If you were in the Sanctuary on Friday evening, March 15, you know that it was a perfect Erev Shabbat service. You felt the ruach, you were infused with the Shabbat spirit, and you went home with a happy glow that (I hope) lasted through the entire weekend.

The evening stood out for two reasons. First, that service kicked off a Scholars-in-Residence weekend with the rabbis from the Bay Area Jewish Healing Center. Second, Peninsula Temple Sholom was hosting the regional Mitzvah Torah Corps event from NFTY, the North American Federation of Temple Youth.

That beautiful Erev Shabbat evening, everything came together with a smile and a snap.

Let me explain. NFTY, the teen youth organization for the Reform Movement, has a tradition that when someone does a great job, you show praise by snapping your fingers. No applause, no calls of Yasher Koach; just a gentle snapping. There was a lot of snapping on Friday night.

The Sanctuary was packed, with congregants sitting on the left side of the room, and NFTY teens on the right. The service was filled with songs, worship, and readings led alternatively by the teens and Rabbi Dan Feder. Meanwhile, Cantor Barry Reich was accompanied by Sarah Edelstein, a U.C. Santa Cruz student who is also a guitar-playing song leader at Camp Newman.

From time to time during the service, a teen would ascend the bimah and read a statement about what NFTY meant to him or her. Some of those words were so moving, they brought tears to the congregation.

Seeing those smart, motivated teen leaders, I have no worries about the future of the Jewish people.

Mitzvah Torah Corps

Mitzvah Torah Corps is a major event, sponsored each year by the Central West Region of NFTY. Our congregation’s PARTY teen social group is a NFTY affiliate. About 90 NFTY teens came from all around Northern California, including the Burlingame area, Fresno, Sacramento, Los Altos, San Mateo, the East Bay, and Carmel.

For the teens, this weekend focused on education social action. For example, the teens worked on the Three A’s of Social Action: Action, Advocacy, and Awareness. They also learned about developmentally disabled people, their abilities, and how important it is to use words that respect individuals, not insult or stereotype them. During the weekend, the teens also elected a new regional board. Snaps to our own Sandy Karp (daughter of Robin and Ron Karp), chosen as incoming President of the NFTY Central West Region!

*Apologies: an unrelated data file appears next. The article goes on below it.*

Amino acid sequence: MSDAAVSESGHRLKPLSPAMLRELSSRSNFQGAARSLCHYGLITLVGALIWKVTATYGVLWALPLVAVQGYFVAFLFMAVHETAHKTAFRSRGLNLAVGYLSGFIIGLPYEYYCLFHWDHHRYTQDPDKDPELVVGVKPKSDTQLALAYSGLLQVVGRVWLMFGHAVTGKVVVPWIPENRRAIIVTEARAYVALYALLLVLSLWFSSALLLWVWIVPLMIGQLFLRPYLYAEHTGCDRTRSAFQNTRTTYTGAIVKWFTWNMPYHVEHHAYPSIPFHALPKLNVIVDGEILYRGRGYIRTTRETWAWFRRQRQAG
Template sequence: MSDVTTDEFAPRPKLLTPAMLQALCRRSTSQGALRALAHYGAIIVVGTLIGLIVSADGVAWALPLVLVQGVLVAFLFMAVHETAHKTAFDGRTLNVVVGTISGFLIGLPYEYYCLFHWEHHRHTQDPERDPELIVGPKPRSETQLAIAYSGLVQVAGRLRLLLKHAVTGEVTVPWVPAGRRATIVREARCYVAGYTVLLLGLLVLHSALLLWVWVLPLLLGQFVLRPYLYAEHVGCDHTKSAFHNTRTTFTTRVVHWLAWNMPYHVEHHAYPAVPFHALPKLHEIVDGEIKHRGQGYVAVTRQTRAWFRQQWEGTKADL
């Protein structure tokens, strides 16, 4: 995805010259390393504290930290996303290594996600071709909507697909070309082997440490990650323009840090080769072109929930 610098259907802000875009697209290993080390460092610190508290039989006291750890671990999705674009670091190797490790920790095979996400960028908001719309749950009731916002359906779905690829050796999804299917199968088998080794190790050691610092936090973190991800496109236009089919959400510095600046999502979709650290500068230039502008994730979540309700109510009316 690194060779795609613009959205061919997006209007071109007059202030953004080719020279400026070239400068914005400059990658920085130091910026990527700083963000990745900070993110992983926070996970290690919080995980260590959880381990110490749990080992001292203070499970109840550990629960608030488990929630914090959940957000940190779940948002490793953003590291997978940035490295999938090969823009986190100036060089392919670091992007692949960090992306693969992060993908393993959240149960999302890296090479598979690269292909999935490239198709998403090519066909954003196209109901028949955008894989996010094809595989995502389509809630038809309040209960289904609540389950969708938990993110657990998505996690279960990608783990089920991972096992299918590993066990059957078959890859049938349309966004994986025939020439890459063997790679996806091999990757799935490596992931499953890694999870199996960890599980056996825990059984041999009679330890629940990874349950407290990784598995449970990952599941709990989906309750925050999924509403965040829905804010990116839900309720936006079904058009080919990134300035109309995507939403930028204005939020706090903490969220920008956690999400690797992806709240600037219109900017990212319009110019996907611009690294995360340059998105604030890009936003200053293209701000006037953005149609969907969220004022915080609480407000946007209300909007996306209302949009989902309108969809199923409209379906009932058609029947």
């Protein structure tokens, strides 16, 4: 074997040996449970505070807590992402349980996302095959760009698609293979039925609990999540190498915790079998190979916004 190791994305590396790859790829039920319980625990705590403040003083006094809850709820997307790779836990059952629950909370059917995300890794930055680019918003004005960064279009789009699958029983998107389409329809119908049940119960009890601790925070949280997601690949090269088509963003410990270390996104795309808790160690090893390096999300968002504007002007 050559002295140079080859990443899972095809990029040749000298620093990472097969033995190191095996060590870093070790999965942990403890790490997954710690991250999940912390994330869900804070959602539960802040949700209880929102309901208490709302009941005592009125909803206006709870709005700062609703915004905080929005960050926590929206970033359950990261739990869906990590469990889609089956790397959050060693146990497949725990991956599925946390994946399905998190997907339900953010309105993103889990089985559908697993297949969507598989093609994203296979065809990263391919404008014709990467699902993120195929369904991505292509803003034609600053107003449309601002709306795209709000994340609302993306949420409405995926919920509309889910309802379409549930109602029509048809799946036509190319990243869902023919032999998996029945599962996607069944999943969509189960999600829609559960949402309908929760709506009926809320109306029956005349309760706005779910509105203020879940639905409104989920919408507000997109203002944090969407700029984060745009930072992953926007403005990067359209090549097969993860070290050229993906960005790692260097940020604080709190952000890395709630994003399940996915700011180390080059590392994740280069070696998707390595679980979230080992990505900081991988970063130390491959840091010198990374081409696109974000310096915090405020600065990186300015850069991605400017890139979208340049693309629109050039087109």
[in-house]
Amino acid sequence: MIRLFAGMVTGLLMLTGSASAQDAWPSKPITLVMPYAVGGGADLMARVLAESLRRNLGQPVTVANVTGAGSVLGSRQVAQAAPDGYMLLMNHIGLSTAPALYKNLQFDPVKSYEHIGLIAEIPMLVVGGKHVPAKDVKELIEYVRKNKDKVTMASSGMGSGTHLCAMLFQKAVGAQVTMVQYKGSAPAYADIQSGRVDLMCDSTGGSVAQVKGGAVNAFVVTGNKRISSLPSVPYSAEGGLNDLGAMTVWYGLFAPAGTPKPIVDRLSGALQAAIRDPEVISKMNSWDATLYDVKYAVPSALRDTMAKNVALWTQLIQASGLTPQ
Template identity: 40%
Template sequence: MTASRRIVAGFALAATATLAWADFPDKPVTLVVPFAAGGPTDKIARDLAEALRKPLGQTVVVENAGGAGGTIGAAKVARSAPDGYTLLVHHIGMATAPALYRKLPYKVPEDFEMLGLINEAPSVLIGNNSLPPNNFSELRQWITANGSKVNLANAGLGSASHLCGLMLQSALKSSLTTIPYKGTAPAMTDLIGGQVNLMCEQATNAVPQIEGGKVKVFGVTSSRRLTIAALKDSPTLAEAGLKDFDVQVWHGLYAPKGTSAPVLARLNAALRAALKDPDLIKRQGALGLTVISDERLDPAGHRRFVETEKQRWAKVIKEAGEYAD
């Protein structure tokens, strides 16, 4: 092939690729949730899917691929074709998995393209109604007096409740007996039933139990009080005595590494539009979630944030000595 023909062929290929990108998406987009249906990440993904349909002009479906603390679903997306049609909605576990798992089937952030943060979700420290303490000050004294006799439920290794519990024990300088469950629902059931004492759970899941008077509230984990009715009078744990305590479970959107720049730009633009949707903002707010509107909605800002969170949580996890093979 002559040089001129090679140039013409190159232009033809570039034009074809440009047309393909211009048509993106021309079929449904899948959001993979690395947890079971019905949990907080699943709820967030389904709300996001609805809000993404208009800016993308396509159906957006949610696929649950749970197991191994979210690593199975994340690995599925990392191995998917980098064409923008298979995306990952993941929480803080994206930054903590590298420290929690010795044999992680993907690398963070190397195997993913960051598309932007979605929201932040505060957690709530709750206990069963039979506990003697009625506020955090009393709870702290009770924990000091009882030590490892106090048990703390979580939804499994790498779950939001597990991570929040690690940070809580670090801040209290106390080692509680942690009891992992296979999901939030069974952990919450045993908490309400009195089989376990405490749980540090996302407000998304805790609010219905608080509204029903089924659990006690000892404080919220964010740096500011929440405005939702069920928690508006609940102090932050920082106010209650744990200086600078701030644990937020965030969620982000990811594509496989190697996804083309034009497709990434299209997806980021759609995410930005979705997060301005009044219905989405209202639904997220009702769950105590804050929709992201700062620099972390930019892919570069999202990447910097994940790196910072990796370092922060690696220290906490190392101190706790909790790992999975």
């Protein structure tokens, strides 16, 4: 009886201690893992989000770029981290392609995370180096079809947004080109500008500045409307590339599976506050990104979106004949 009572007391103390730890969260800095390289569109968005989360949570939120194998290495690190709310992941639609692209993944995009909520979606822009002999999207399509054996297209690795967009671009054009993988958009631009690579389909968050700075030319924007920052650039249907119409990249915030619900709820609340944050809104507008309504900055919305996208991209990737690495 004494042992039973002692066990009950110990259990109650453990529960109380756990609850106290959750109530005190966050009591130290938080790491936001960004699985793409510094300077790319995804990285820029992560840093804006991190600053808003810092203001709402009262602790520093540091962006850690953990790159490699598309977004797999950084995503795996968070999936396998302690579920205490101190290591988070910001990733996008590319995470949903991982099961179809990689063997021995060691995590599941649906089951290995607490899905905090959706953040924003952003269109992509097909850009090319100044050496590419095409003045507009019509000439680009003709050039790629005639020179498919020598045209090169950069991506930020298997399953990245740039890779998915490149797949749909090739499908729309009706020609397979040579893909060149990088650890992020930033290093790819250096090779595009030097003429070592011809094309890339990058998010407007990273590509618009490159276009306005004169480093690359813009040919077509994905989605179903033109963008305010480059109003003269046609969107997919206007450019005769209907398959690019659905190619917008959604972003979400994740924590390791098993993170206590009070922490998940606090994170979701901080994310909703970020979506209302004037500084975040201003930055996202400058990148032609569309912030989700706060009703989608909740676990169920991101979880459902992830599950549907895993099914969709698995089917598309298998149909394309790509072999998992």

Let me also give a shout-out to the many members of PARTY (PTS’ youth group) who participated in the Mitzvah Torah Corps weekend: Adam Battat, Justin Battat, Jason Cohen, Andrew Ezersky, Jeremy Ezrin, Andrew Friedeberg, Eva Heller, Lauren Isackson, Jake Karp, Sandy Karp, Anna Kurzrock, Anna Leemon, Sarah Levin, Zach Levin, Harris Silk, Marnie Sturm, Olivia Tandowsky, and Sarah Wisialowski.

More snaps go to Yael Zaken, our congregation’s Youth Director, who played a major role in organizing the weekend. And more snaps to the many Temple families who opened their homes and hosted the teens at their homes over the weekend.

Bay Area Jewish Healing Center

In addition to hosting the Mitzvah Torah Corps, Peninsula Temple Sholom invited three rabbis from the Bay Area Jewish Healing Center as scholars-in-residence that busy weekend. During the Friday night service, we heard from Rabbi Eric Weiss; on Saturday and Sunday, there were programs with Rabbi Jon Sommer and Rabbi Elliot Kukla.

The San Francisco-based Jewish Healing Center, established in 1991, is a tremendous resource — one of the true pillars of our community. The Center trains volunteers who visit hospitals throughout the Bay Area; it supports the Jewish End-of- Life Care Program and hospice initiatives; and it provides resources for those who nurture those suffering from mental illness.

Rabbi Weiss is the author of the brand-new Mishkan R’fuah: Where Healing Resides, a little book filled with contemplative readings and prayers for many different moments of spiritual need, including illness, surgery, treatment, chronic illness, hearing bad news, transitions, addiction, infertility, end- of-life, and more. Look for the book in the Starr*Stevens Judaica Shop. It’s the best $6 you’ll spend.

I offer snaps for this wonderful weekend to Rabbis Weiss, Sommer, and Kukla for their compassion, scholarship, and leadership; to congregant Neal Tandowsky, who chairs the board of the Bay Area Jewish Healing Center; and to Liz Gottfried, who chairs our Life Long Learning committee.

And I thank everyone involved in making the Erev Shabbat service on Friday, March 15, into a truly perfect evening. These snaps are for you!